Reasons to Bet Against the Yankees
by Trevor Whenham - 09/22/2006
It took until Wednesday night for the Yankees to officially clinch the American League East crown, even though that feat had been a foregone conclusion for about a month. Now that the regular season has no bearing for the team, the problem now becomes looking forward and deciding how confident we are about their chances in the playoffs.
Conventional wisdom says that the Yankees are a shoo-in to make it to the World Series and probably win it. Of course, that was what people were saying when the Angels won the World Series. And the Red Sox. And the Marlins, the White Sox and the Diamondbacks, too. The Yankees have been one of the favorites to win the World Series ever since they last won it in 2000. They obviously haven't won it, though.
If they weren't good enough to win it all before, then it makes sense that we should make a case why they won't win it this time. The moneylines are going to be pretty ugly if we want to back the Yankees, so we want to make sure that they are worth the risk of betting on them. This team is a favorite of the general betting public, so the odds are skewed in the bookmaker's favor. To be a contrarian, then, here are three good reasons not to bet on the Yankees winning the World Series. (You'll note that the offense isn't one of them. If these guys can't score a lot of runs with the ridiculously deep lineup they have then they don't deserve to win):
1) The starting pitcher - Randy Johnson is 6-1 in his last eight games. But that record, which is much improved from his performance earlier in the season, hides some reasons for concern. He's given up five earned runs twice in those eight games and four earned runs three more times. He's given up five or more runs eleven times this season. That's not the consistency we have been used to from the Big Unit, and it's not a comforting way to head into the postseason.
His last two wins show the problem. On Sept. 6 he gave up just one hit in seven scoreless innings. Five days later he lasted just six innings, and gave up five earned runs on nine hits. With the first stat, Johnson would win any playoff game, but the second just isn't good enough. Chien-Ming Wang, the best starter on the team all season, hasn't made it out of the sixth inning in two of his last three starts. Mike Mussina has just one win since the end of July.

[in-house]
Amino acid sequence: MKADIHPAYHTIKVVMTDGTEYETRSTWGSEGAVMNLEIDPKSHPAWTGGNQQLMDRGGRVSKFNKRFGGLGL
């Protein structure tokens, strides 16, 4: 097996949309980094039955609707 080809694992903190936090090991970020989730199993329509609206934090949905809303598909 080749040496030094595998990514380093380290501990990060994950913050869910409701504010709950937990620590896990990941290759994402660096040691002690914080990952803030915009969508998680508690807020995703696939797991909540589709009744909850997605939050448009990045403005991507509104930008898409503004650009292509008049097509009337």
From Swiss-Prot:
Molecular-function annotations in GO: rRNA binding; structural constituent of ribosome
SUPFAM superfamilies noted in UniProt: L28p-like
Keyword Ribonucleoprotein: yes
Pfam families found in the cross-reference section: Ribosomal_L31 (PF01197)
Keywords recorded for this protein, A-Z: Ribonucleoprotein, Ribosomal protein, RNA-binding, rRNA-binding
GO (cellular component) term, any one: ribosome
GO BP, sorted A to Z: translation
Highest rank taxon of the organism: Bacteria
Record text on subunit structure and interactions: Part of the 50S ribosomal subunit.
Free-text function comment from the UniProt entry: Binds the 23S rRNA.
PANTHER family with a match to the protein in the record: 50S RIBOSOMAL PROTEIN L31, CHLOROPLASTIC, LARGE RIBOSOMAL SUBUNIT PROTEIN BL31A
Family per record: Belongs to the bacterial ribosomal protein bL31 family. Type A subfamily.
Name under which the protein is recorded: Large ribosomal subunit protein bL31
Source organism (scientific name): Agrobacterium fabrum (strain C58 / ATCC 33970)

Pitching is crucial in the playoffs. The Yankees aren't guaranteed to have bad pitching, but they sure can't count on getting good stuff from their starters.
2) The Rivera factor - No player has been more crucial to the long-term success of the Yankees than Mariano Rivera. The guy is obviously a beast, and he is especially potent in the playoffs. Rivera has a sore elbow, however. He's been rested as much as he can be, but it is no guarantee that he will be ready, or at his best.
If he isn't good to go then the team will have to rely on Kyle Farnsworth and his 4.29 ERA to close. That's just plain scary. The bullpen is already a slightly dubious proposition. Their ERA of 4.17 is only eighth best in the league and they have been called on to throw 474 innings, which is more than any other contender. In short, Rivera could be the difference between winning and losing, especially if the starters aren't sharp. Watch the injury reports like a hawk.
3) The SI factor - If you haven't seen the article in Sports Illustrated about Alex Rodriguez yet, you should really check it out. The former MVP and the richest man in the majors gets absolutely blown up by his teammates. Jason Giambi essentially says that Rodriguez is weak and can't handle the pressure of the playoffs. An unnamed teammate suggests that he might be afraid of the ball. Another said that he should get an eye exam because he may not be seeing the ball. Well before the article came out Mike Mussina went on national radio and said that Rodriguez looked like he had forgotten how to play.
My point here isn't to defend A-Rod. The guy is rich enough and talented enough to take care of myself. My point is that a clubhouse that will air their laundry so publicly and so dramatically is not a healthy clubhouse. It's sick, actually. The players are pros and they will try to go out there and do what they do. That will work fine when they are winning, but if they start to struggle this could blow up and everything could dissolve. In a best of five series like they will face in the first round of the playoffs they don't have time to blow up and then get it back together again.
Think of the teams that win the World Series - Boston was as tight as you can be, the White Sox were all buddy-buddy, the Marlins rallied together as one and the Angels got behind that monkey and got it done. Teams that win are teams with great chemistry and determination. That's why wild card teams do so well in the playoffs - they have had to work together to get where they are and they embrace the underdog role and keep fighting. The Yankees are not a cohesive unit and they are not going to rally together for the sake of the team. That could be their doom.